In what will come as no surprise to many the Information War Monitor has exposed a Chinese hacking group (the so-called GhostNet) who had infiltrated over 1000 computers in over 100 countries, 30% of which were considered to be “high-value” targets (i.e. belonging to government agencies, international organisations etc.). Perhaps most telling was the number of foreign embassy’s infected and possible targeting of Taiwan and the Dalai Lama in particular.
The Trojan horse program, typically spread through email attachments, gave the attackers complete control of the infected computers allowing them to search and download files, log keystrokes, and control attached devices such as webcams or microphones. Command servers were identified and traced to be in mainland China (Hainan, Guangdong, Sichuan and Jiangsu) as well as one in Hong Kong and the US. Hainan Island is home to the Lingshui signals intelligence facility of the People’s Liberation Army although no concrete evidence could be found to link them.
Even more worrying is the fact that because of the inherent insecurity of the Internet’s design almost anyone can mount a cyber-attack with easily downloadable hacking toolkits and a basic understanding of the technology. Whilst these intrusions were traceable to IP addresses in China there is no evidence to be able to say whether the activity was government-sanctioned or just a kid in his bedroom. Catching those responsible who are more likely than not on the other side of the world under different jurisdictions is almost impossible currently. China has denied any involvement and described the study as “nonsense”.
Whilst little is known of the current sophistication of cyber espionage it is believed that the US, UK, and Israel are currently leaders in this field and clearly China wants a part in it. Most previous cyberattacks such as those in the Russia-Georgia conflict have been tracked to nationalistic individuals acting alone.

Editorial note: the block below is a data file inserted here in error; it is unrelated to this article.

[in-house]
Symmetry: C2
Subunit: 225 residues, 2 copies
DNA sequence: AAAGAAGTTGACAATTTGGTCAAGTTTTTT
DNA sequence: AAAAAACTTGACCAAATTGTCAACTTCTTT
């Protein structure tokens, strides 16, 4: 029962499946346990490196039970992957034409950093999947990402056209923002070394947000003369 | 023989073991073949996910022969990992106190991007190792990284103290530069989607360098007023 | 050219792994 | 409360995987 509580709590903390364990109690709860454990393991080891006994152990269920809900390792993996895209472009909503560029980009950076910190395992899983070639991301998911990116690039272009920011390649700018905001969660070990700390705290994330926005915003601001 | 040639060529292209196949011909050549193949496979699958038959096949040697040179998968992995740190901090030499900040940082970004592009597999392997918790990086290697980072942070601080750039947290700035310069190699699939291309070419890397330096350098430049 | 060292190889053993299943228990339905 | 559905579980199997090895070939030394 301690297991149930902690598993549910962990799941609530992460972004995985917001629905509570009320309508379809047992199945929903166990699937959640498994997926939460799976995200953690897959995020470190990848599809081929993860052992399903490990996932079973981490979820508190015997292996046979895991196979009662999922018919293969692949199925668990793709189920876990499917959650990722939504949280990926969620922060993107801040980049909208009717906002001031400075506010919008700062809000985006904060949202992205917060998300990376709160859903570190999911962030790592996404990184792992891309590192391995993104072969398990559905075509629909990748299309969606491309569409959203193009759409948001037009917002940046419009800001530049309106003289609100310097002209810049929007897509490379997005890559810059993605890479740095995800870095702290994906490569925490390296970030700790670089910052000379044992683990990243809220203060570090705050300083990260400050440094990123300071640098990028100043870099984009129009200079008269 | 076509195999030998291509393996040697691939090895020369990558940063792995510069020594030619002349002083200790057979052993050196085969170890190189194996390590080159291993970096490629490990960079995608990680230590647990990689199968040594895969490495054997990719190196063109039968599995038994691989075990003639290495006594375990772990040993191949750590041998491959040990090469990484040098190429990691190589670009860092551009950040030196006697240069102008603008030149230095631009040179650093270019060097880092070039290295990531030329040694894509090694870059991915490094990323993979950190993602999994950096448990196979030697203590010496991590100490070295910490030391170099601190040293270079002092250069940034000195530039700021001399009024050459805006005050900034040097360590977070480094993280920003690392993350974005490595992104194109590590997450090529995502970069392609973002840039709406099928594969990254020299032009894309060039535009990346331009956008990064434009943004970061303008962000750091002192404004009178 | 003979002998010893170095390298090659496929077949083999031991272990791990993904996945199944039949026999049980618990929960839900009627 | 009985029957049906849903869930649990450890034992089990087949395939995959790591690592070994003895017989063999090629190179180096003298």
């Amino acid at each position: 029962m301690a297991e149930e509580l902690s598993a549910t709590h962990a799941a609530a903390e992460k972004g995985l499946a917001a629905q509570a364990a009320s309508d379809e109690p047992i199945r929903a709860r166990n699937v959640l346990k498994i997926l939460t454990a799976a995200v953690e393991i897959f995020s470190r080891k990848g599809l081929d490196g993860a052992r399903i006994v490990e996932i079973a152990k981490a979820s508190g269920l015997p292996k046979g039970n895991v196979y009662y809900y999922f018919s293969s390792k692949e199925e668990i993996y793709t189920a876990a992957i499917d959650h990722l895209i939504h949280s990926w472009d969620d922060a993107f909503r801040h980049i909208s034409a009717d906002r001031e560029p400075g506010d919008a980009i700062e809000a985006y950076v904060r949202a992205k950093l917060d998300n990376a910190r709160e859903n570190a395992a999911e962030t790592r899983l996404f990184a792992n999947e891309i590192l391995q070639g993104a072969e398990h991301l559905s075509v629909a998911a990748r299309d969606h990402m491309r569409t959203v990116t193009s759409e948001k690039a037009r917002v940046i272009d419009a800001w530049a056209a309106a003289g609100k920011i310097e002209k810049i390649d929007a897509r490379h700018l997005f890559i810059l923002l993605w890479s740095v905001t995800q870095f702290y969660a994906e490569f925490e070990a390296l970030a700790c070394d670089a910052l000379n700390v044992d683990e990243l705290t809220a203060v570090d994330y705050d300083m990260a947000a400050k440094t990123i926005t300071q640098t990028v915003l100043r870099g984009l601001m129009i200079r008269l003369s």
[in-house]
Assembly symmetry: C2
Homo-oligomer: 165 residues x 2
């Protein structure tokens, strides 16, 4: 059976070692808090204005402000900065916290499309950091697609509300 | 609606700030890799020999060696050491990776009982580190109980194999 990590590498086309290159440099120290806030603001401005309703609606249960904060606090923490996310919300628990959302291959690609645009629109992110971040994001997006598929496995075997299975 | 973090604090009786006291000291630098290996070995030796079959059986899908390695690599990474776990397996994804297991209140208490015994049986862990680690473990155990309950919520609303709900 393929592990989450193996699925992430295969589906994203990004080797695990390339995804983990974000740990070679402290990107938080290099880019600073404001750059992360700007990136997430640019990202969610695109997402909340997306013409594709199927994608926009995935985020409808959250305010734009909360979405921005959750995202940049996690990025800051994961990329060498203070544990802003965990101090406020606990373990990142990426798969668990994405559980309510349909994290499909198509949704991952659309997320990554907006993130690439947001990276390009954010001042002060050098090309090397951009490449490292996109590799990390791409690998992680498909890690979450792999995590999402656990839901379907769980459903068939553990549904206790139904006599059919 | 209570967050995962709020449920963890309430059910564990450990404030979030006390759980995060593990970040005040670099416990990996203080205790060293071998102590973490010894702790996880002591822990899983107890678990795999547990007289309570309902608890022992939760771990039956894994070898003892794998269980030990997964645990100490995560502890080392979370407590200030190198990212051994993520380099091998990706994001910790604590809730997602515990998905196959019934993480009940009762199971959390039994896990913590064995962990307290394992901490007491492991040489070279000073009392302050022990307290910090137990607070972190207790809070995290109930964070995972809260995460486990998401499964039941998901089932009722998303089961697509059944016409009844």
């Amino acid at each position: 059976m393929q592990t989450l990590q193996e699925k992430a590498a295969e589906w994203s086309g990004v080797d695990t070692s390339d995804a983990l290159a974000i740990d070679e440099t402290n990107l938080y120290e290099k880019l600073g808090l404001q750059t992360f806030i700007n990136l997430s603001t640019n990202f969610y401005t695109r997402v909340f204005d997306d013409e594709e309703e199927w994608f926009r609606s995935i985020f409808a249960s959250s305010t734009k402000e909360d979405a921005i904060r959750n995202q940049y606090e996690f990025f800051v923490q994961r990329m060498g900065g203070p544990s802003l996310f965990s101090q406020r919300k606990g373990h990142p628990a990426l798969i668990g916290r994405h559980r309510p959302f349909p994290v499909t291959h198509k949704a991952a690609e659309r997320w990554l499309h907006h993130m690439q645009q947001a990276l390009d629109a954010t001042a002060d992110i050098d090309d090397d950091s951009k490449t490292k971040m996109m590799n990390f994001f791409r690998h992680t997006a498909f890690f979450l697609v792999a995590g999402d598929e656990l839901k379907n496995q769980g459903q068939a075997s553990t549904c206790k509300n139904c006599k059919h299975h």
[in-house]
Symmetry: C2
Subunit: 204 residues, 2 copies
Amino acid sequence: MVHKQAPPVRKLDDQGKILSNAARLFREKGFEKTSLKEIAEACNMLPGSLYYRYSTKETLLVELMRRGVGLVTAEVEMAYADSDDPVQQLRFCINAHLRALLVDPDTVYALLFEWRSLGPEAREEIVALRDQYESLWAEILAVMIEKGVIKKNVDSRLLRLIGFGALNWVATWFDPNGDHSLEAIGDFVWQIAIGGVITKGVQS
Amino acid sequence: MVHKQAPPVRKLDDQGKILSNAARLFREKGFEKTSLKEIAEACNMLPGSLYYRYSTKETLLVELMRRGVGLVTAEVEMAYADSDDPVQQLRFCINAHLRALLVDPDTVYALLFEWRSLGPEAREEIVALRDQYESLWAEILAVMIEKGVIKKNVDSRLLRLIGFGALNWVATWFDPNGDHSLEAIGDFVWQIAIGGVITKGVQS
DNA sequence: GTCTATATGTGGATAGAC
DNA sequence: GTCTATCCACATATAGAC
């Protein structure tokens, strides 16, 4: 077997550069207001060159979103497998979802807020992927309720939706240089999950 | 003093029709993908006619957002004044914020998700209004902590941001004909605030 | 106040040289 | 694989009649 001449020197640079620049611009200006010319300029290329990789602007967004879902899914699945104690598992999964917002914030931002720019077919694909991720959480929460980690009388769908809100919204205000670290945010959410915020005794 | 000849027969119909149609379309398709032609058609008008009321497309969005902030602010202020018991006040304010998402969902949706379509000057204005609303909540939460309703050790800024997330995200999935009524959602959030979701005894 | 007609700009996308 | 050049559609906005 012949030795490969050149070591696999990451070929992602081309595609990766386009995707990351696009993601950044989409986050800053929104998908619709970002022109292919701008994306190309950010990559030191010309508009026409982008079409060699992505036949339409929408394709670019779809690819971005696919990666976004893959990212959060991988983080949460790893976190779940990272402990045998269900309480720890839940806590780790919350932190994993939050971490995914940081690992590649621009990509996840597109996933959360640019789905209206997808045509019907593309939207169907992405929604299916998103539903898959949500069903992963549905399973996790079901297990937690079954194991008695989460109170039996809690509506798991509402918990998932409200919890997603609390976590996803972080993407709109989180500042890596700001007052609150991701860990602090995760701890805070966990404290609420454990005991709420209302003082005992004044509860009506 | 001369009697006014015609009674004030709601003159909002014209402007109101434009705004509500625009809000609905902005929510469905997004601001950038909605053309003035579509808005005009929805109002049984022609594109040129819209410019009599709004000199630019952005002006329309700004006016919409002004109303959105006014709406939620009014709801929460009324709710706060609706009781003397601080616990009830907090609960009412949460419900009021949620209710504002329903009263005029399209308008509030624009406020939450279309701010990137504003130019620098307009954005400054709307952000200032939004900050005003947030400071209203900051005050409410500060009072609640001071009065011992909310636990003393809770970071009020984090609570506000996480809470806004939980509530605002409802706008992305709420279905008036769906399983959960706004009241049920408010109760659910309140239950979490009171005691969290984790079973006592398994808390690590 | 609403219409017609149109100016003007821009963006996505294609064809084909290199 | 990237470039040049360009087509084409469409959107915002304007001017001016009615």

The report, which covers the findings of their 10-month investigation, is fascinating reading if you’re interested in computer security and the technicalities of how these attacks work. For more on the inner mind of cybercriminal organisations in China check out The Dark Visitor blog.
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Ah, good old hacker stories.
Reminds me of this great article about how one man Kaminsky found out how to turn the internet upside-down using his living-room laptop, but decided to save the world instead: http://www.wired.com/techbiz/people/magazine/16-12/ff_kaminsky
Excellent article, thanks for the link!
Hi, David, I just found the softwares here in Europe are so expensive..
In Philips, they only have common softwares, like Office. Now, everybody around uses trial versions. They said installing Photoshop for one computer need 300 Euro. They need us to use some professional software, but they don’t provide. How can people work then. I saw many people have laptops, they install illegal versions on their own laptops.But it’s unallowed to install on computers.
Software like Office and Photoshop are expensive in any country just in China it far more easier to get the pirate version so very few people are prepared to pay the full price!
Full price is really huge….I guess for universities, prices are cheaper, I can find almost all I want….But in companies, couldn’t find anything, except Office….
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